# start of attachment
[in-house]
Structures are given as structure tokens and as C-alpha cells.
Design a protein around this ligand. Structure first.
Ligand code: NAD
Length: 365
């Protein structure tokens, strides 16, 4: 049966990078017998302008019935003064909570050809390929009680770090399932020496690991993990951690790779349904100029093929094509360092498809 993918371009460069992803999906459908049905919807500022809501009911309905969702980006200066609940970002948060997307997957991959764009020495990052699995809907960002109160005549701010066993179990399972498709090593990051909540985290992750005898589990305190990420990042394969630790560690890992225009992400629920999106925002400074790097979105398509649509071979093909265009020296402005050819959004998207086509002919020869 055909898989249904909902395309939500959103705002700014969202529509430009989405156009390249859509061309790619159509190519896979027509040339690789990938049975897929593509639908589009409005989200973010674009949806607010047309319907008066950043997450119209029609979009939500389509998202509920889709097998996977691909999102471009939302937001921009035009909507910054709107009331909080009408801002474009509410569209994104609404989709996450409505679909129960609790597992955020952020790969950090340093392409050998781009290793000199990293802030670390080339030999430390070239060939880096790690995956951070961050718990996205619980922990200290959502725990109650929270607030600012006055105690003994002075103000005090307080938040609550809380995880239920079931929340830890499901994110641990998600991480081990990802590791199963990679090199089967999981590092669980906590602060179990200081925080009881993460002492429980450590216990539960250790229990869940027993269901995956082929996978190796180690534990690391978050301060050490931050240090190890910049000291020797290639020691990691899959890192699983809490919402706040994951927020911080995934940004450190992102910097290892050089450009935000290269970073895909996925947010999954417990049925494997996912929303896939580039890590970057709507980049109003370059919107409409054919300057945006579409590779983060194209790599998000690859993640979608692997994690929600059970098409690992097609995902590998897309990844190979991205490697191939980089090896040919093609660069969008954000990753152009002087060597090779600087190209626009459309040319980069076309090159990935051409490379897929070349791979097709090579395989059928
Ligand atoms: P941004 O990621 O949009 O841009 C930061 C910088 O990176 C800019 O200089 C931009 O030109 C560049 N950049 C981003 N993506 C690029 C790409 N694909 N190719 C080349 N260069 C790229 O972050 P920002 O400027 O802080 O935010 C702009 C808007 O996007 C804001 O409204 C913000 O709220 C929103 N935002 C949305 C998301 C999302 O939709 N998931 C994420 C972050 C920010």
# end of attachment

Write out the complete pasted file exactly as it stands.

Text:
[in-house]
Structures are given as structure tokens and as C-alpha cells.
Design a protein around this ligand. Structure first.
Ligand code: NAD
Length: 365
């Protein structure tokens, strides 16, 4: 049966990078017998302008019935003064909570050809390929009680770090399932020496690991993990951690790779349904100029093929094509360092498809 993918371009460069992803999906459908049905919807500022809501009911309905969702980006200066609940970002948060997307997957991959764009020495990052699995809907960002109160005549701010066993179990399972498709090593990051909540985290992750005898589990305190990420990042394969630790560690890992225009992400629920999106925002400074790097979105398509649509071979093909265009020296402005050819959004998207086509002919020869 055909898989249904909902395309939500959103705002700014969202529509430009989405156009390249859509061309790619159509190519896979027509040339690789990938049975897929593509639908589009409005989200973010674009949806607010047309319907008066950043997450119209029609979009939500389509998202509920889709097998996977691909999102471009939302937001921009035009909507910054709107009331909080009408801002474009509410569209994104609404989709996450409505679909129960609790597992955020952020790969950090340093392409050998781009290793000199990293802030670390080339030999430390070239060939880096790690995956951070961050718990996205619980922990200290959502725990109650929270607030600012006055105690003994002075103000005090307080938040609550809380995880239920079931929340830890499901994110641990998600991480081990990802590791199963990679090199089967999981590092669980906590602060179990200081925080009881993460002492429980450590216990539960250790229990869940027993269901995956082929996978190796180690534990690391978050301060050490931050240090190890910049000291020797290639020691990691899959890192699983809490919402706040994951927020911080995934940004450190992102910097290892050089450009935000290269970073895909996925947010999954417990049925494997996912929303896939580039890590970057709507980049109003370059919107409409054919300057945006579409590779983060194209790599998000690859993640979608692997994690929600059970098409690992097609995902590998897309990844190979991205490697191939980089090896040919093609660069969008954000990753152009002087060597090779600087190209626009459309040319980069076309090159990935051409490379897929070349791979097709090579395989059928
Ligand atoms: P941004 O990621 O949009 O841009 C930061 C910088 O990176 C800019 O200089 C931009 O030109 C560049 N950049 C981003 N993506 C690029 C790409 N694909 N190719 C080349 N260069 C790229 O972050 P920002 O400027 O802080 O935010 C702009 C808007 O996007 C804001 O409204 C913000 O709220 C929103 N935002 C949305 C998301 C999302 O939709 N998931 C994420 C972050 C920010």